It’s worthy to point out that our comrades in Unity and Struggle have published a serious review of Lars Lih’s book on Lenin’s What is to be done. This review argues the strengths and weaknesses of Lenin’s, What is to be Done.
The article by Unity and Struggle begins by explaining how Lenin emphasized the importance of revolutionary theory, as vital for any revolutionary movement. This was a clear position Lenin openly advocated. What is to be done is often attacked, claiming it advocated socialist professionals to substitute themselves as the professionals to lead workers into victory. This bourgeois-anarchist critique of What is to be done ignores how Lenin advocated the development of workers as agents of revolutionary theory as a basis for such a movement. Lenin states, the workers “participate not qua workers, but qua theoreticians of socialism…they participate only insofar as they succeed to a greater or lesser extent in attaining a command of the knowledge of their century and in advancing that knowledge.” For workers to accumulate revolutionary knowledge, so they can lead revolutionary struggle is not a hierarchical centered perspective, but one that actually fosters a horizontal spirit of struggle. But the development of such theoretically developed revolutionary workers also forms the content for forming a revolutionary organization. The foundation of such an organization, a necessary body to coordinate struggle and train militants, was explained through an analogy of bricklaying work.
When bricklayers lay bricks in, various parts of an enormous, unprecedentedly large structure, is it “paper” work to use a line to help them find the correct place for the bricklaying; to indicate to them the ultimate goal of the common work; to enable them to use, not only every brick, but even every piece of brick which, cemented to the bricks laid before and after it, forms a finished, continuous line? And are we not now passing through precisely such a period in our Party life when we have bricks and bricklayers, but lack the guide line for all to see and follow?…If we had a crew of experienced bricklayers who had learned to work so well together that they could lay their bricks exactly as required without a guide line…But it is unfortunate that as yet we have no experienced bricklayers trained for teamwork, that bricks are often laid where they are not needed at all, that they are not laid according to the general line, but are so scattered that the enemy can shatter the structure as if it were made of sand and not of bricks.
This activity, the formation of revolutionary militants is what needs to be done today. The economist and those partisans of spontaneity abandoned the revolutionary political training of the workers, particularly the advanced workers. Today, we don’t even have the revolutionary organizational force to offer such training, even if we agreed that is work that should be done. The formation of a new revolutionary organization needs to be able to train workers in revolutionary organizing, by first theoretically training them in marxist theory, then carrying out political work that directly flows from such theory. The young anarchist protesters find such a proposal disgusting. Action is what is wanted. But in our recent period of “actions,” capital has been able to oppress workers and movements without any real resistance. Such action is laughed at by the American capitalist. This is why Unity and Struggle’s article concludes with, “Lenin believes, militants must become institutional bearers that reproduce a common approach based upon a common theory. As militants reproduce this common approach, following Lenin’s bricklaying analogy, the masonry line is no longer needed.” In short, the movement of a Leninist approach of forming revolutionary theory in political practice, is an egalitarian act far from being guilty of what the bourgeois-anarchist critique claim. It is the concentration of working class power, and necessary political project to seriously engage in the revolutionary transition of capitalism. A new generation must struggle, and engage Lenin’s works, that focus on building revolutionary organization, in order to have the basic perspective to build a revolutionary organization today for our historical moment.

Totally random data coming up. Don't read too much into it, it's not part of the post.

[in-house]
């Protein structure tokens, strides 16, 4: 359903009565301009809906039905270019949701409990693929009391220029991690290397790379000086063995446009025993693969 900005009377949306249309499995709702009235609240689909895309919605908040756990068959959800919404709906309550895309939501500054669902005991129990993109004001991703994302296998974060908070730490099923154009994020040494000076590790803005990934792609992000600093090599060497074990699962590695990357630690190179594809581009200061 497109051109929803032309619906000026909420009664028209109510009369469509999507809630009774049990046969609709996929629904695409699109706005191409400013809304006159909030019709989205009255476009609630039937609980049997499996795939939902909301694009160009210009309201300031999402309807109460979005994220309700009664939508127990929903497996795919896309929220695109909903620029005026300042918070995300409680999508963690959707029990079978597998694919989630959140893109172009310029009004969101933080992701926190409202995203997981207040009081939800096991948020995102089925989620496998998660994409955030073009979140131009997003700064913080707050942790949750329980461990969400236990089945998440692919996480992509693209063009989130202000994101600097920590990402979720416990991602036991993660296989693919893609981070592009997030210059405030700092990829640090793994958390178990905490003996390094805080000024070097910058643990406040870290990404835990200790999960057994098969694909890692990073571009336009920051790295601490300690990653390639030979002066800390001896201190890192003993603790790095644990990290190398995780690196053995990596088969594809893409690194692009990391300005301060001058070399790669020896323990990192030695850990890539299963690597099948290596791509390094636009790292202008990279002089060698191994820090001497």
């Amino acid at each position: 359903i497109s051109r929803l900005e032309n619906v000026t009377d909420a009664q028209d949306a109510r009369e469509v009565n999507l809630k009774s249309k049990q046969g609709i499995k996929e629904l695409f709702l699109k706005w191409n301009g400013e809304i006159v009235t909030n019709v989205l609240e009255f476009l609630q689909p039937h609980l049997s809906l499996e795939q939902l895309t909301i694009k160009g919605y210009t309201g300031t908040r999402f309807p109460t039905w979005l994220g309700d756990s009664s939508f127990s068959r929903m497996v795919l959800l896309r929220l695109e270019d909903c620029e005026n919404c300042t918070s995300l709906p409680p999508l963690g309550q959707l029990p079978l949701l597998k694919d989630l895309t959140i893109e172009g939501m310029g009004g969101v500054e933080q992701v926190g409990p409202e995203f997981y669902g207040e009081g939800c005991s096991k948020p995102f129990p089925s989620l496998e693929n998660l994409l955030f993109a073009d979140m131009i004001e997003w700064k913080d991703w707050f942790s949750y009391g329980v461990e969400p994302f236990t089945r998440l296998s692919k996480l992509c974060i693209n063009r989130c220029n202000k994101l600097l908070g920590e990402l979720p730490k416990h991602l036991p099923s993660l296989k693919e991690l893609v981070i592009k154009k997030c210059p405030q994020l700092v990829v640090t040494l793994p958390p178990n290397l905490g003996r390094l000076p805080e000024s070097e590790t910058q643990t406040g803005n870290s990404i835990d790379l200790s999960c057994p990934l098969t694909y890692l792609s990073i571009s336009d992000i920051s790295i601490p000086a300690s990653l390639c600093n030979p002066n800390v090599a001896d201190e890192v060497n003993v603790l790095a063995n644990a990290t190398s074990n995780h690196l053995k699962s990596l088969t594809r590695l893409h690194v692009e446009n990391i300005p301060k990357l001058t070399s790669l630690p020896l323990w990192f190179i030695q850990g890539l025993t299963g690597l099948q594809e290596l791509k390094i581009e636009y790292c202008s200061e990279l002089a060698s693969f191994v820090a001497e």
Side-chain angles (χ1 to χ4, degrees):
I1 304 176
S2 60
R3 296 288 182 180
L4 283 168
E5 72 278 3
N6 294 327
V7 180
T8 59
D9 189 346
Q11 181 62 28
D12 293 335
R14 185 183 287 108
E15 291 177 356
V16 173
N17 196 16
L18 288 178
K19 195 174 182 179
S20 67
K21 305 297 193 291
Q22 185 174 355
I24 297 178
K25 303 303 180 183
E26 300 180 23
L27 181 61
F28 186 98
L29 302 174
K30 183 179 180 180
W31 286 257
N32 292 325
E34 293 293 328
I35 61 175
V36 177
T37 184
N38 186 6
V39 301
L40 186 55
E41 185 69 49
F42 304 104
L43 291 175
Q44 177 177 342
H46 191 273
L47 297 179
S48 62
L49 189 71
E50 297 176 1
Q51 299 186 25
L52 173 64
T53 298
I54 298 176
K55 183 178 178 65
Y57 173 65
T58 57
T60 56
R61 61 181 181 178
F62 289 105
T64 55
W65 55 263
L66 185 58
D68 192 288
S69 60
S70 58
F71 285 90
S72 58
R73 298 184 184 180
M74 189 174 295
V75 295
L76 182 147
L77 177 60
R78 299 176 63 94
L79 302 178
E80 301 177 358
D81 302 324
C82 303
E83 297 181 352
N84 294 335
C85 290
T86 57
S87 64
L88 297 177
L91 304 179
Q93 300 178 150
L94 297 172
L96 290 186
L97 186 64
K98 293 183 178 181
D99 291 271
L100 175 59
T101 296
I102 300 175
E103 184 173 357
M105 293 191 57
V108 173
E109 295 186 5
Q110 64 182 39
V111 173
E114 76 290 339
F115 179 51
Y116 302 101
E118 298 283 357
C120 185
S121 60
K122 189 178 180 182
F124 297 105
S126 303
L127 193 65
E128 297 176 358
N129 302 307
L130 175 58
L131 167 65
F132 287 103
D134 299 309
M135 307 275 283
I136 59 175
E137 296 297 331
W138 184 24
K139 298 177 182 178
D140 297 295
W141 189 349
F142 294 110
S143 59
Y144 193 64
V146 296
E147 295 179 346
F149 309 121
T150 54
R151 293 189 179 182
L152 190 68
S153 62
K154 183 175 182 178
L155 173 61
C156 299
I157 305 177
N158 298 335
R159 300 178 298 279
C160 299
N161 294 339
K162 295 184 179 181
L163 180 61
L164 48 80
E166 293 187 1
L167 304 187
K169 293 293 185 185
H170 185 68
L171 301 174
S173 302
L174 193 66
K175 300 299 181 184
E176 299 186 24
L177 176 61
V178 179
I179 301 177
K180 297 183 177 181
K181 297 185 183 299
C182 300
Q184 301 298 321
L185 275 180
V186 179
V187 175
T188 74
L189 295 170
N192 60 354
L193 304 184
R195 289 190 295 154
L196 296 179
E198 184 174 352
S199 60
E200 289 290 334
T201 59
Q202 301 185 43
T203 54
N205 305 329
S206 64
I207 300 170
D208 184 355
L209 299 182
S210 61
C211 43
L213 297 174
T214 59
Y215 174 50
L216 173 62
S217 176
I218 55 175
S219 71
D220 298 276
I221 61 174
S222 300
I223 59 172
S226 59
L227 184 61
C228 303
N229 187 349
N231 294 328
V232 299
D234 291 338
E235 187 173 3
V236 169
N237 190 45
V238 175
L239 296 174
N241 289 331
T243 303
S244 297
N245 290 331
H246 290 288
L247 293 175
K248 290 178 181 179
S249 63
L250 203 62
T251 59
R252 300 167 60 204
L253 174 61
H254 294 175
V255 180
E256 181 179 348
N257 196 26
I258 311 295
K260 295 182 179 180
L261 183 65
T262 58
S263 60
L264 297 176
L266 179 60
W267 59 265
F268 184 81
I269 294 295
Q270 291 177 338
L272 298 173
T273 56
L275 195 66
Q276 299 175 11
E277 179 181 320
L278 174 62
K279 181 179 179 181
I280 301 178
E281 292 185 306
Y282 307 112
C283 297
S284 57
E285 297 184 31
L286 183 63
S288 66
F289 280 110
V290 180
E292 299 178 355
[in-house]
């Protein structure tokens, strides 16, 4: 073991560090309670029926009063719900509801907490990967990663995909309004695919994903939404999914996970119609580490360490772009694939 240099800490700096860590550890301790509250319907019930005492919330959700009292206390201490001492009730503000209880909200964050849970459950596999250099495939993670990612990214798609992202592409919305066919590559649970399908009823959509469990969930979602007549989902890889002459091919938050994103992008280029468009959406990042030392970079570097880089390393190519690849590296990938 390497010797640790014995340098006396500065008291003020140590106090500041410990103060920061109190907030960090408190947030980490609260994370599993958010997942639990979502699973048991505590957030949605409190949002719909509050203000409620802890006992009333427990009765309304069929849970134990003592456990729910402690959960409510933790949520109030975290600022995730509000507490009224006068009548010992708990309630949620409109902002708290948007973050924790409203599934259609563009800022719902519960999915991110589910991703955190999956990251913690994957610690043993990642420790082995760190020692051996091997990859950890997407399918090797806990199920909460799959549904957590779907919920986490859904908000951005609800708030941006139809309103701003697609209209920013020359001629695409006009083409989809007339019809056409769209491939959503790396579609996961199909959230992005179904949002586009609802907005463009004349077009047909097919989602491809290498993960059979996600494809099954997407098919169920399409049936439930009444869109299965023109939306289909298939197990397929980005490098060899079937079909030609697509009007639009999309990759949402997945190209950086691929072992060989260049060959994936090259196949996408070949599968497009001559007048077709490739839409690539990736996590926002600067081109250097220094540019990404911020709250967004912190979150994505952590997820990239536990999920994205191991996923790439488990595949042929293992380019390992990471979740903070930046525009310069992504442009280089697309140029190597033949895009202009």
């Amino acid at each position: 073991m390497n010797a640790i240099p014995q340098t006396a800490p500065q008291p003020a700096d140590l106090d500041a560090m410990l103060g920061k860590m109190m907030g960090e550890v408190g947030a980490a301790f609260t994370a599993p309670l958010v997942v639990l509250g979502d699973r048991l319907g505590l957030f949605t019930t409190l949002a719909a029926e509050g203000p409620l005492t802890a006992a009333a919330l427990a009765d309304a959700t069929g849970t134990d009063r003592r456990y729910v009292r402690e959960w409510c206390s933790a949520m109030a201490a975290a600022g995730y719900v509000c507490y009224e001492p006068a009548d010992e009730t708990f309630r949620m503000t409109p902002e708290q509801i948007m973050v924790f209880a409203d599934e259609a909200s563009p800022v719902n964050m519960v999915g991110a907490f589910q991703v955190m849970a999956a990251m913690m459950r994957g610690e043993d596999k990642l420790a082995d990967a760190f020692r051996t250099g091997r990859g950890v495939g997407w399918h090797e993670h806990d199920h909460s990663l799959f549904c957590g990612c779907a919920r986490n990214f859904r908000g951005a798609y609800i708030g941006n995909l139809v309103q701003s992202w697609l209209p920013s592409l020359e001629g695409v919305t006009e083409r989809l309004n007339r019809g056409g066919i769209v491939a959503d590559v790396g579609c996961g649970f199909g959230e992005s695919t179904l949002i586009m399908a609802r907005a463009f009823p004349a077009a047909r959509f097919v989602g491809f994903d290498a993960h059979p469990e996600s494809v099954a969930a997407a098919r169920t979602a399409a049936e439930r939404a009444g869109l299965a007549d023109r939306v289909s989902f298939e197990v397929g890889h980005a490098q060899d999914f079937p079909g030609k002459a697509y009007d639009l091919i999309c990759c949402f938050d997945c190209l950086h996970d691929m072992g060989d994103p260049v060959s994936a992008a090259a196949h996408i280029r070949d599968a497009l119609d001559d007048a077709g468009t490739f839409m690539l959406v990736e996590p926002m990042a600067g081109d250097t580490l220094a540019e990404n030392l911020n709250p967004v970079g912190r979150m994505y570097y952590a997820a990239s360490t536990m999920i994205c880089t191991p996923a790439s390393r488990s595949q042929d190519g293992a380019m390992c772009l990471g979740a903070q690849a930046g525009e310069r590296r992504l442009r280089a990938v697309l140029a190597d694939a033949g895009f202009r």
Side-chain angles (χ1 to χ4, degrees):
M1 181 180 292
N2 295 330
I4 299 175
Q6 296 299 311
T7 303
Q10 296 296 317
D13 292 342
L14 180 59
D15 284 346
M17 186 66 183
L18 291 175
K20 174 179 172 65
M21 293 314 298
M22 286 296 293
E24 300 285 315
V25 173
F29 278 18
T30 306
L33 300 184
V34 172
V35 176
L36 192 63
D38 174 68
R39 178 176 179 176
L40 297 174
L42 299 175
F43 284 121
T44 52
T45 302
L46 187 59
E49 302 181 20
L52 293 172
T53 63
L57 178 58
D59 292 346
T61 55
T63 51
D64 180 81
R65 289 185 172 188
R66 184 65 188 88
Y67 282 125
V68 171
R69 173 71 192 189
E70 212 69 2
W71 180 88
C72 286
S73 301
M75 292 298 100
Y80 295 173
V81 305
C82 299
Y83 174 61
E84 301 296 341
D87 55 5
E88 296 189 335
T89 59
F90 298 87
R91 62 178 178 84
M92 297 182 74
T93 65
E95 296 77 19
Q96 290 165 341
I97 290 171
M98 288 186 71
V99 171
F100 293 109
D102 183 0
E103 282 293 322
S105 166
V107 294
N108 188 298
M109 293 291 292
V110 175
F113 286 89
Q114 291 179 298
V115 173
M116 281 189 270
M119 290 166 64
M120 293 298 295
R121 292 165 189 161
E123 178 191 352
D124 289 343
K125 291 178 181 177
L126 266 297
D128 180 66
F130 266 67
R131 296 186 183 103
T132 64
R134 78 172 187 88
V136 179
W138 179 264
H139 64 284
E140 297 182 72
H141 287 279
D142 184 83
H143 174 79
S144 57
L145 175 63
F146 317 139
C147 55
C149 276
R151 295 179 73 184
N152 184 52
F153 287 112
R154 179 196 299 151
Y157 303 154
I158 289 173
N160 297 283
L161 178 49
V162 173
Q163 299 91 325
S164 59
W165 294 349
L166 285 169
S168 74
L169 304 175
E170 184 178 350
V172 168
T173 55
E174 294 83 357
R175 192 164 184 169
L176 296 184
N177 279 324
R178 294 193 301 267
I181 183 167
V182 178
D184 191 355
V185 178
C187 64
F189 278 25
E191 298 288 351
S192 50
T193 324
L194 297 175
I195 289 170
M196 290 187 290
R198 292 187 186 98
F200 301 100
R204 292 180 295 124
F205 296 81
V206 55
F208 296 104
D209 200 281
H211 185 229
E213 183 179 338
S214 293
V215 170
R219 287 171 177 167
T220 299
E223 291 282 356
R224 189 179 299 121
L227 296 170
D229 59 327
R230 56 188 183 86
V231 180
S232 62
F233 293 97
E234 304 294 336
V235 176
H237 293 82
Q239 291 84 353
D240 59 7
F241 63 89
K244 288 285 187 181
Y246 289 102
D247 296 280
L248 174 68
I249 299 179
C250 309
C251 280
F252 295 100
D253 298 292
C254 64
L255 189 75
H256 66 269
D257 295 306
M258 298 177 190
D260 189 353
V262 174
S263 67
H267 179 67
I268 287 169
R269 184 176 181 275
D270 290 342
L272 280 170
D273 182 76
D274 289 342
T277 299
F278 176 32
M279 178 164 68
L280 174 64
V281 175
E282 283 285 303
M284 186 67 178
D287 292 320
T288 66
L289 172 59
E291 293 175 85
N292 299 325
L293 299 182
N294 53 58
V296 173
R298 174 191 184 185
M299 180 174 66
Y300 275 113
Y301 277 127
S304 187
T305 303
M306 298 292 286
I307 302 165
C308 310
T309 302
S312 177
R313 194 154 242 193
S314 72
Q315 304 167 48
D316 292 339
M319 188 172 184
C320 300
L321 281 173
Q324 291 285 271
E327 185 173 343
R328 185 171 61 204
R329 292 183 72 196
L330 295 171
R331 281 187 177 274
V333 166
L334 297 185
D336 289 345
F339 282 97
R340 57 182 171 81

The following essay was written awhile ago and sat around waiting to be fixed up. It can be read as a follow up to notes on Lars Lih’s important book, Lenin Rediscovered: What Is To Be Done? in Context. Only recently the essay was finally fixed up enough to post here.
It is important to deal with Lenin’s concept of organization in WITBD. The point is not to elevate WITBD into a set of principles that can be abstractly and universally applied. Like any work, WITBD is a product of history. As Lih noted in the beginning of his book such an approach has been an evident enough problem in the history of “Leninism”. However, despite Lih’s attempt to downplay the importance of WITBD in subsequent bolshevik thinking about organization, Lenin’s work—including WITBD—continues to be a necessary reference point for rethinking the role of revolutionary groups and organizations in our own day. By restoring the detailed context of Lenin’s concept of organization and reestablishing its connection to Kautsky, Lih provides the basis to learn from and critique Lenin and Leninism. In doing so he makes WITBD alive again—a renewed and important departure point for thinking about revolutionary groups and organization.
As Lih argues, the importance of WITBD was found in its generalization of already existing practices in the Russian underground, codifying and synthesizing those practices into a broad whole. The generalizing character of WITBD is what continues to make it so valuable today.
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